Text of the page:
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Demyelinating disorder of the central nervous system occurring in black South Africans


OBJECTIVES To investigate the nature and cause in eight black South African patients of a recurrent (multiphasic), remitting, and relapsing demyelinating disease of the CNS.

METHODS The clinical and laboratory investigations and radiological manifestations of these patients were documented.

RESULTS Each patient had two or more acute attacks of demyelinating disease affecting the CNS. The clinical presentations of the patients were predominantly those of multiphasic neuromyelitis optica (NMO). Brain MRI in these patients showed features consistent with those described for acute disseminated encephalomyelitis (ADEM), as well as lesions that are described in multiple sclerosis. There was involvement of the corpus callosum in addition to typical ADEM lesions. Laboratory investigations excluded all other known causes of multiphasic CNS demyelination. Oligoclonal antibodies were not detected in these patients at any time. The patients were all from a population with a low risk for MS (black South Africans).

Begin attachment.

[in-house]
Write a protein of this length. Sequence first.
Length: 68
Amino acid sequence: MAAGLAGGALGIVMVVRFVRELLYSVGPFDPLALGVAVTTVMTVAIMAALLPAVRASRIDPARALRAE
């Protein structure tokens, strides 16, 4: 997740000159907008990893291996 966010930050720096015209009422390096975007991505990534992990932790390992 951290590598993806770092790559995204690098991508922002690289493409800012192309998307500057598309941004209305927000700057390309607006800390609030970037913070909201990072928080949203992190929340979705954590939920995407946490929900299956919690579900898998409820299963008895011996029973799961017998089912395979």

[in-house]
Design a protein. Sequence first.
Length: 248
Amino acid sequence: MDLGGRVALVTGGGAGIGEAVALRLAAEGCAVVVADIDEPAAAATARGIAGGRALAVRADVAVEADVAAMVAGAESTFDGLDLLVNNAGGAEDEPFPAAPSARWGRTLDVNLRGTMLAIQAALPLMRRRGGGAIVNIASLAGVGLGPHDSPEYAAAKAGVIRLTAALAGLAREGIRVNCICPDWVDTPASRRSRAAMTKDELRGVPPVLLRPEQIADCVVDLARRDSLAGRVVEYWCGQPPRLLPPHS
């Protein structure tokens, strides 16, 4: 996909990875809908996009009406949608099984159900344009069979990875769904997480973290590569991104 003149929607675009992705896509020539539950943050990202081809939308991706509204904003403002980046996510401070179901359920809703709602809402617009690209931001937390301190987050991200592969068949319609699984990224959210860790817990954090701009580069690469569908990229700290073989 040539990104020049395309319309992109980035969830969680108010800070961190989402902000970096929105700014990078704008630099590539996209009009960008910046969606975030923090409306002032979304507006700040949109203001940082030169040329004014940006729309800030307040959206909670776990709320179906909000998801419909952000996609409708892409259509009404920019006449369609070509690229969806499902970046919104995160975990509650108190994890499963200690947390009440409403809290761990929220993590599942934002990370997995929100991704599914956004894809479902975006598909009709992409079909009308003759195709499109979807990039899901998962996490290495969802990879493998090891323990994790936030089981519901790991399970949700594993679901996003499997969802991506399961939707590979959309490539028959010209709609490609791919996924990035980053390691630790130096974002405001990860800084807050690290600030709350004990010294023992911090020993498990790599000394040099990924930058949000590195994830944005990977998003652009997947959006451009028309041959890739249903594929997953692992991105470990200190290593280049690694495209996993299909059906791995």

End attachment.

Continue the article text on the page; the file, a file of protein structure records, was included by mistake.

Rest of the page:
CONCLUSION The patients described here represent a new phenotypic expression of a recurrent (multiphasic), steroid sensitive, inflammatory demyelinating disorder of the CNS occurring in black South Africans. The disorder is either a distinct inflammatory demyelinating disorder of the CNS of as yet unknown aetiology, or a varied form of MS (ADEM/NMO) occurring in a population with a low risk (where the genetic trait and environmental risk factors for MS do not exist) for MS.

  • multiphasic neuromyelitis optica
  • multiple sclerosis
  • acute disseminated encephalomyelitis
  • Black South African

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